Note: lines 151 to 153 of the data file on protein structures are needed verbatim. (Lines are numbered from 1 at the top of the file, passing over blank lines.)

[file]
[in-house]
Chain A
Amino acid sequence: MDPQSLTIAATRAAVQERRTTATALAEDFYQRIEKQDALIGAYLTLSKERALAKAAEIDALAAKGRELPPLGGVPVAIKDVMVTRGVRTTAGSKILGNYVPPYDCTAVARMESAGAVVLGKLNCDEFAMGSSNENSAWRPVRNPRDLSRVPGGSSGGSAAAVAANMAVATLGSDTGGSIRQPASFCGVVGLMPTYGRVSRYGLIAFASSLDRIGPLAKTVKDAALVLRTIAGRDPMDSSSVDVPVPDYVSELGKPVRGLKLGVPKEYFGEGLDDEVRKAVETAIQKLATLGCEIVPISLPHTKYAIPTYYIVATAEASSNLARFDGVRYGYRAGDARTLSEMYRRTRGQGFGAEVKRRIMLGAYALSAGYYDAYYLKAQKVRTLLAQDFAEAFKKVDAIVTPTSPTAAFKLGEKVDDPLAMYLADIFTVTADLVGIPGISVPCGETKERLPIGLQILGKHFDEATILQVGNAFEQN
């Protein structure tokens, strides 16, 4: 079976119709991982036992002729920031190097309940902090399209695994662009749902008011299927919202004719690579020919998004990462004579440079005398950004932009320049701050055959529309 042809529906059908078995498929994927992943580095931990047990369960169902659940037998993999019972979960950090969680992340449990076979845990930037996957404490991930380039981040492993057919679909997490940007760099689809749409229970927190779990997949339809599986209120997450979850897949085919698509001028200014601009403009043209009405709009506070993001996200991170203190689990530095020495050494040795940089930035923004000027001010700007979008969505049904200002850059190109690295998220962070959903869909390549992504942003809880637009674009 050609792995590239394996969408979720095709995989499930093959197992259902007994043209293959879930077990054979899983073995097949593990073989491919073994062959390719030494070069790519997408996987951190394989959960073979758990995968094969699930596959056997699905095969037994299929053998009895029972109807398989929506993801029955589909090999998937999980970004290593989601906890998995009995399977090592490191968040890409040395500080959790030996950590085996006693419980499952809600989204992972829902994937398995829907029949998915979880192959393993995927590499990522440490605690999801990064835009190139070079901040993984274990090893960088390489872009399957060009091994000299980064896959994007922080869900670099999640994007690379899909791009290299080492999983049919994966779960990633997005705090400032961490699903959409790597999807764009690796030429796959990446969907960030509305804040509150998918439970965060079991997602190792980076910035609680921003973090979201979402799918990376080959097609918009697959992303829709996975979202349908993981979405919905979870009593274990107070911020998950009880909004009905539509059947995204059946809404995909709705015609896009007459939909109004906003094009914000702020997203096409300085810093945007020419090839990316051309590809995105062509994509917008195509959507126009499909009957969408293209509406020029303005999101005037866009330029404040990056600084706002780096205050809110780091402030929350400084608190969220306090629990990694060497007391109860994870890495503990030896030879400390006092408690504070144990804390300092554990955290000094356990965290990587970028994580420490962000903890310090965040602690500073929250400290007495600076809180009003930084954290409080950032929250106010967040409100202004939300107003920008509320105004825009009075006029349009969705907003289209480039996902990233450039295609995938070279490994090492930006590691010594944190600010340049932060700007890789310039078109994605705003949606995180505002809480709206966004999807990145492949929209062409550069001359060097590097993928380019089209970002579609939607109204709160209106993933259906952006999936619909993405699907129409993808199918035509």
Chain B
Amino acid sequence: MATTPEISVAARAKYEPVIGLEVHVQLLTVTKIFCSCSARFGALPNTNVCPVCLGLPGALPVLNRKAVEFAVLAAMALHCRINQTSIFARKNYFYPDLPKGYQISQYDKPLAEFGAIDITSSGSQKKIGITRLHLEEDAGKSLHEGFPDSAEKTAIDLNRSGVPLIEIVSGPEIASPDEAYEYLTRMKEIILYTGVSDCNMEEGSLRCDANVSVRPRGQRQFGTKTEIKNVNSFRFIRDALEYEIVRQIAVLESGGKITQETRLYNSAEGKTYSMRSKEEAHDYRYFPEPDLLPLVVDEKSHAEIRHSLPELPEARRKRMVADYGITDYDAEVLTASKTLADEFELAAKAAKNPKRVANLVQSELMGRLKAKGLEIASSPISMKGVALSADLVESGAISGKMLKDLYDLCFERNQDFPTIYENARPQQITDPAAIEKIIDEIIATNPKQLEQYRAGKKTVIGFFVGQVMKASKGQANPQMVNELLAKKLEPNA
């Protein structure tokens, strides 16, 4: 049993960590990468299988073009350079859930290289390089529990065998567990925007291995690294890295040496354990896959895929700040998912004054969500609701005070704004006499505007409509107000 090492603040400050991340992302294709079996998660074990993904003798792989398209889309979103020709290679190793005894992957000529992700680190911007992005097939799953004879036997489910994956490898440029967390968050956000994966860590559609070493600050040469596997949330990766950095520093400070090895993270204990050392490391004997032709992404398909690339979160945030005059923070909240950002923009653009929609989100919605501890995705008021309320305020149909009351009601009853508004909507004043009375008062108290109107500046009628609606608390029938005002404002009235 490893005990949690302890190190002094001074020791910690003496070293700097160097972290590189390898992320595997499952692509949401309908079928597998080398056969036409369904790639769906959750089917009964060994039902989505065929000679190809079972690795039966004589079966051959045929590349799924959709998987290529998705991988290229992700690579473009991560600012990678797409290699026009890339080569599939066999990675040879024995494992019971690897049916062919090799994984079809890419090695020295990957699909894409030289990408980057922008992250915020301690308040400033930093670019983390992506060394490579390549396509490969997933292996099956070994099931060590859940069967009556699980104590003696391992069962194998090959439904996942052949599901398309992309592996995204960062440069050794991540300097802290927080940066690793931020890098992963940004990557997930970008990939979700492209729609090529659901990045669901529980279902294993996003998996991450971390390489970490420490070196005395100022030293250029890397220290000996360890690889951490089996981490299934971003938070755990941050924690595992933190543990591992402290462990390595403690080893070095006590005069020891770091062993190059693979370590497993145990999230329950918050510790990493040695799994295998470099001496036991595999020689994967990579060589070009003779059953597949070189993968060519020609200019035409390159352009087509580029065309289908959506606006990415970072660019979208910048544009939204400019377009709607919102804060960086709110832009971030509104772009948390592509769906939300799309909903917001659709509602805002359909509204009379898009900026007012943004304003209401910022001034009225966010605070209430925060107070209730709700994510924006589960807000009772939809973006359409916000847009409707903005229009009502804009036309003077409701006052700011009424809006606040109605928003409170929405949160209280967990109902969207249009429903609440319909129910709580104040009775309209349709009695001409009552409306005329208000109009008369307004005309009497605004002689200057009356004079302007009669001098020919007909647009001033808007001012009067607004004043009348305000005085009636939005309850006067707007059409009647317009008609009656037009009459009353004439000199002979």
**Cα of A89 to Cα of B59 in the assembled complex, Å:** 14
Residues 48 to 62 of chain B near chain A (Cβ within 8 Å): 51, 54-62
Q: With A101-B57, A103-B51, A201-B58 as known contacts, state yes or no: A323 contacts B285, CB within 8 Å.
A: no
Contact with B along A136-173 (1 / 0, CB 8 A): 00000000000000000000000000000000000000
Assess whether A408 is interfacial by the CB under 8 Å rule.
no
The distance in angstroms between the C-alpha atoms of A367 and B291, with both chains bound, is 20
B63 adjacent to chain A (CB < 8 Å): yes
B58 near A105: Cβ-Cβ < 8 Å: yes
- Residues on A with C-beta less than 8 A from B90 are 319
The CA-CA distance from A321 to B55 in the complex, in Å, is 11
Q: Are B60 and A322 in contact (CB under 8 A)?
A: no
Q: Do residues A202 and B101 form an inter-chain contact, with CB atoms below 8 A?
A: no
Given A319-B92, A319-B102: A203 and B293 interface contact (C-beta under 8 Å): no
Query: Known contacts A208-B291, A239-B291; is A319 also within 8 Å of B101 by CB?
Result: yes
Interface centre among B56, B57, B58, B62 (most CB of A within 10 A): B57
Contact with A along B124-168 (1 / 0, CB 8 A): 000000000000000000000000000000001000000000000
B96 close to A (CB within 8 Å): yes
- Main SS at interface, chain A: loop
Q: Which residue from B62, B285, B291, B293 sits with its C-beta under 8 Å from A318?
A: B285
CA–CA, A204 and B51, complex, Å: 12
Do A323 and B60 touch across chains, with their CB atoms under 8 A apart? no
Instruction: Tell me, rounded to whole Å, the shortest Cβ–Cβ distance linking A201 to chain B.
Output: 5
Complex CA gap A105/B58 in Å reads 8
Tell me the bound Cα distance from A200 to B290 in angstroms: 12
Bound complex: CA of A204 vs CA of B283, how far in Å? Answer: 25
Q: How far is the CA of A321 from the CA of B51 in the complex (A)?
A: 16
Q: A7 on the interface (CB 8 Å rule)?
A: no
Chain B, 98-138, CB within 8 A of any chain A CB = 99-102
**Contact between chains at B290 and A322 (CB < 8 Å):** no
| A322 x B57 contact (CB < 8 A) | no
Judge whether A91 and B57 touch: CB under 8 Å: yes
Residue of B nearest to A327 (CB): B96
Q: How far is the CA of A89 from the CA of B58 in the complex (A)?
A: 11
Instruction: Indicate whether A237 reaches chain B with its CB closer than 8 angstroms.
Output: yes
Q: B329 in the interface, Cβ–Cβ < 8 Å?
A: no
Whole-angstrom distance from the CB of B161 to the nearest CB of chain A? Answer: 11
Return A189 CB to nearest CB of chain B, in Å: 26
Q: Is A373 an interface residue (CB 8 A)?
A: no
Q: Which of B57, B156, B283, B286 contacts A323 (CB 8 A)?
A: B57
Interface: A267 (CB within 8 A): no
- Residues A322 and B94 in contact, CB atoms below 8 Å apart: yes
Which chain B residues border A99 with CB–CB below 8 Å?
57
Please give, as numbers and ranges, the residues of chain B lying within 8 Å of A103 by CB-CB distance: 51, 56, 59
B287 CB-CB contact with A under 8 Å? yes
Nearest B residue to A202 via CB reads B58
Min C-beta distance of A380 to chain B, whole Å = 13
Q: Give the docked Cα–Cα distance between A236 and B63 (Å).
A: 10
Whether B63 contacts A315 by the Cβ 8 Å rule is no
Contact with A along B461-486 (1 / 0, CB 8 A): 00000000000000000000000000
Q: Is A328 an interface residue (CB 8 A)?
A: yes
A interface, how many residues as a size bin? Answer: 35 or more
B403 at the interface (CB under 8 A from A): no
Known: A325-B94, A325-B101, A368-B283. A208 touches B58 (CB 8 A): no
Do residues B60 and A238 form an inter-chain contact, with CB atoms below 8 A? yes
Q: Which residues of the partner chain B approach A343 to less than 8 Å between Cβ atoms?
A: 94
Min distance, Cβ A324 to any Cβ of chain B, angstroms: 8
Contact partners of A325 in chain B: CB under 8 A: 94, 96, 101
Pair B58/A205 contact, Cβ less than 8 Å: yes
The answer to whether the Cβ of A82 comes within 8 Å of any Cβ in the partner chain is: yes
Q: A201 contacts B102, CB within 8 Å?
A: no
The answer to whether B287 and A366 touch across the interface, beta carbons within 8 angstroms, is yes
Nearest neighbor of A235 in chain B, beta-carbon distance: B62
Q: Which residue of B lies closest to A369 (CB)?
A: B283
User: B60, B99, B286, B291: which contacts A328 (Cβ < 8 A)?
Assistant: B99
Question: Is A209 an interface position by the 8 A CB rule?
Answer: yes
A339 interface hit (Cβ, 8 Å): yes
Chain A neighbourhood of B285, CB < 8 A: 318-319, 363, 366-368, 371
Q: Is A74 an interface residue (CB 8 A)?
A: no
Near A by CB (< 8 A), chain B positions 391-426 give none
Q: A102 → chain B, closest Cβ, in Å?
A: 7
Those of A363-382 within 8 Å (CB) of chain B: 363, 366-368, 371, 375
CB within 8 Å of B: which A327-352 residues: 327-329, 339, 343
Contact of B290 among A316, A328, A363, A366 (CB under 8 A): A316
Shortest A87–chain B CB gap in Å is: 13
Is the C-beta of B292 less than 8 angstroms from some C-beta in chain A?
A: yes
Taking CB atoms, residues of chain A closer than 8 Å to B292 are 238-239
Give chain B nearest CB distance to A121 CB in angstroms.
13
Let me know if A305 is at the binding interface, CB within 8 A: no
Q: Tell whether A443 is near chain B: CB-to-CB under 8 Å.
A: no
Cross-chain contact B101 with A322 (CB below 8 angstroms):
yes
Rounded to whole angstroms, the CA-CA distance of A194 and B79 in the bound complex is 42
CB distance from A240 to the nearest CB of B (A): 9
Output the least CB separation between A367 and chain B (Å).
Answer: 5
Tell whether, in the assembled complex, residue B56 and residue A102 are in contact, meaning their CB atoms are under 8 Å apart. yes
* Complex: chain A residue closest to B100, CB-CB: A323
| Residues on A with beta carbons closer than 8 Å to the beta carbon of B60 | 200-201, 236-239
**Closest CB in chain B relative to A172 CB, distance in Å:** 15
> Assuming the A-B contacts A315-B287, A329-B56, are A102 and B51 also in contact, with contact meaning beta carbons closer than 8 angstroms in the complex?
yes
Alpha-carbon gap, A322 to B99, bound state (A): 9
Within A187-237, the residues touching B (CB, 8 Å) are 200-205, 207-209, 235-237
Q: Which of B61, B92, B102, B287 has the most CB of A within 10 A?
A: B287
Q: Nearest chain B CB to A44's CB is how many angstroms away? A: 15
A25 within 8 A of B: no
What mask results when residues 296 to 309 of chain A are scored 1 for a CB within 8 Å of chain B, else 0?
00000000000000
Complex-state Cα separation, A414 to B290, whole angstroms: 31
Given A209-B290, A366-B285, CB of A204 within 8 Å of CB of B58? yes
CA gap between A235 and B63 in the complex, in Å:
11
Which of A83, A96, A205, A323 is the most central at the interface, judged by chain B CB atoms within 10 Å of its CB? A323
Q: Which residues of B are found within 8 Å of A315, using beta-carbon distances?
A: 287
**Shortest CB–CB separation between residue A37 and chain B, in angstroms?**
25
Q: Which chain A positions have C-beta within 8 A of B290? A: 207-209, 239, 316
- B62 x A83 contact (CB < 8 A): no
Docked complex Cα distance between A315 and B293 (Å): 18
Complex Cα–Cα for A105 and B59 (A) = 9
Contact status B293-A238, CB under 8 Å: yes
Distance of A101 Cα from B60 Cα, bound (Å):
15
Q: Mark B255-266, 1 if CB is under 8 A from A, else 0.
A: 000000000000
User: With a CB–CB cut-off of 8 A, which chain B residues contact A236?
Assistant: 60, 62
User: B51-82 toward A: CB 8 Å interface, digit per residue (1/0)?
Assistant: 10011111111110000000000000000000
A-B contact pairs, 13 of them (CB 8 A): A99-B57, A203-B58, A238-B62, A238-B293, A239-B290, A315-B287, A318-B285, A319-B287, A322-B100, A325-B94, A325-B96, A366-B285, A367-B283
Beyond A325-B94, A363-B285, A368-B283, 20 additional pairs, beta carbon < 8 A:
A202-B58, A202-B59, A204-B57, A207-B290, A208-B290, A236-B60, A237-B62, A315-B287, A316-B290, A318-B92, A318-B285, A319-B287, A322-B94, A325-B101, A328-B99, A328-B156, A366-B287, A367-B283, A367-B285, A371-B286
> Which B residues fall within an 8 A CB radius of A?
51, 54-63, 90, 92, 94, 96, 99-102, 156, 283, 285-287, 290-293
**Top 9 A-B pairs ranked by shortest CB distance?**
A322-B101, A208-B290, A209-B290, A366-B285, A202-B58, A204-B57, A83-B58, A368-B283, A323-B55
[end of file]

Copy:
A: 000000000000
User: With a CB–CB cut-off of 8 A, which chain B residues contact A236?
Assistant: 60, 62